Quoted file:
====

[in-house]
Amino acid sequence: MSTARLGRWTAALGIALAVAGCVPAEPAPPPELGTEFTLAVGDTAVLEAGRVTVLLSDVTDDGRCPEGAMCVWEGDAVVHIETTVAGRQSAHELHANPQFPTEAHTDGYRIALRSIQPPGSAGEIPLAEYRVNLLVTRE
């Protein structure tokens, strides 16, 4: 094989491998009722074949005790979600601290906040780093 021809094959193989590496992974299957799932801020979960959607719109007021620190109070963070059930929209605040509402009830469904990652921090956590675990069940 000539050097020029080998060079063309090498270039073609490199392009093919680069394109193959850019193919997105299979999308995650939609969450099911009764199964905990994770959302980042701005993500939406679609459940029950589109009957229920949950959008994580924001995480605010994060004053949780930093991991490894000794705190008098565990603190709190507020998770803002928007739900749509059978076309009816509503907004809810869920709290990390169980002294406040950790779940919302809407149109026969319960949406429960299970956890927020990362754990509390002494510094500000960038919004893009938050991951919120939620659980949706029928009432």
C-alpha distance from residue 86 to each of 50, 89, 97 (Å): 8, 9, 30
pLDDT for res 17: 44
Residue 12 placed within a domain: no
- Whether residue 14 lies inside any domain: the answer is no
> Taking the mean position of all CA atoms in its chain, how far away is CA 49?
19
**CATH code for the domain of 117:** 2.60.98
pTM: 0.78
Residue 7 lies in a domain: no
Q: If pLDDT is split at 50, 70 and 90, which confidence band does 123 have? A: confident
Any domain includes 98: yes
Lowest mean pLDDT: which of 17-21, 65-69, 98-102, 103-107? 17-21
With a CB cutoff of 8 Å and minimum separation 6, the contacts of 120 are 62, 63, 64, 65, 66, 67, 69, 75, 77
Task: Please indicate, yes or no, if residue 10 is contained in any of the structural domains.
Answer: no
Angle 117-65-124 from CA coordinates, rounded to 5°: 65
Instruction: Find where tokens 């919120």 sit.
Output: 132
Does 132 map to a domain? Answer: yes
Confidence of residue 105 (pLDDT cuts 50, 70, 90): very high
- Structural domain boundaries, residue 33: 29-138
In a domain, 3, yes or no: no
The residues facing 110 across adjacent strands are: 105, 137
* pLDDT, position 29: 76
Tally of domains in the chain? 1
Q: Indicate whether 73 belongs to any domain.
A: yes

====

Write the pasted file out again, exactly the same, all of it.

[in-house]
Amino acid sequence: MSTARLGRWTAALGIALAVAGCVPAEPAPPPELGTEFTLAVGDTAVLEAGRVTVLLSDVTDDGRCPEGAMCVWEGDAVVHIETTVAGRQSAHELHANPQFPTEAHTDGYRIALRSIQPPGSAGEIPLAEYRVNLLVTRE
């Protein structure tokens, strides 16, 4: 094989491998009722074949005790979600601290906040780093 021809094959193989590496992974299957799932801020979960959607719109007021620190109070963070059930929209605040509402009830469904990652921090956590675990069940 000539050097020029080998060079063309090498270039073609490199392009093919680069394109193959850019193919997105299979999308995650939609969450099911009764199964905990994770959302980042701005993500939406679609459940029950589109009957229920949950959008994580924001995480605010994060004053949780930093991991490894000794705190008098565990603190709190507020998770803002928007739900749509059978076309009816509503907004809810869920709290990390169980002294406040950790779940919302809407149109026969319960949406429960299970956890927020990362754990509390002494510094500000960038919004893009938050991951919120939620659980949706029928009432």
C-alpha distance from residue 86 to each of 50, 89, 97 (Å): 8, 9, 30
pLDDT for res 17: 44
Residue 12 placed within a domain: no
- Whether residue 14 lies inside any domain: the answer is no
> Taking the mean position of all CA atoms in its chain, how far away is CA 49?
19
**CATH code for the domain of 117:** 2.60.98
pTM: 0.78
Residue 7 lies in a domain: no
Q: If pLDDT is split at 50, 70 and 90, which confidence band does 123 have? A: confident
Any domain includes 98: yes
Lowest mean pLDDT: which of 17-21, 65-69, 98-102, 103-107? 17-21
With a CB cutoff of 8 Å and minimum separation 6, the contacts of 120 are 62, 63, 64, 65, 66, 67, 69, 75, 77
Task: Please indicate, yes or no, if residue 10 is contained in any of the structural domains.
Answer: no
Angle 117-65-124 from CA coordinates, rounded to 5°: 65
Instruction: Find where tokens 């919120």 sit.
Output: 132
Does 132 map to a domain? Answer: yes
Confidence of residue 105 (pLDDT cuts 50, 70, 90): very high
- Structural domain boundaries, residue 33: 29-138
In a domain, 3, yes or no: no
The residues facing 110 across adjacent strands are: 105, 137
* pLDDT, position 29: 76
Tally of domains in the chain? 1
Q: Indicate whether 73 belongs to any domain.
A: yes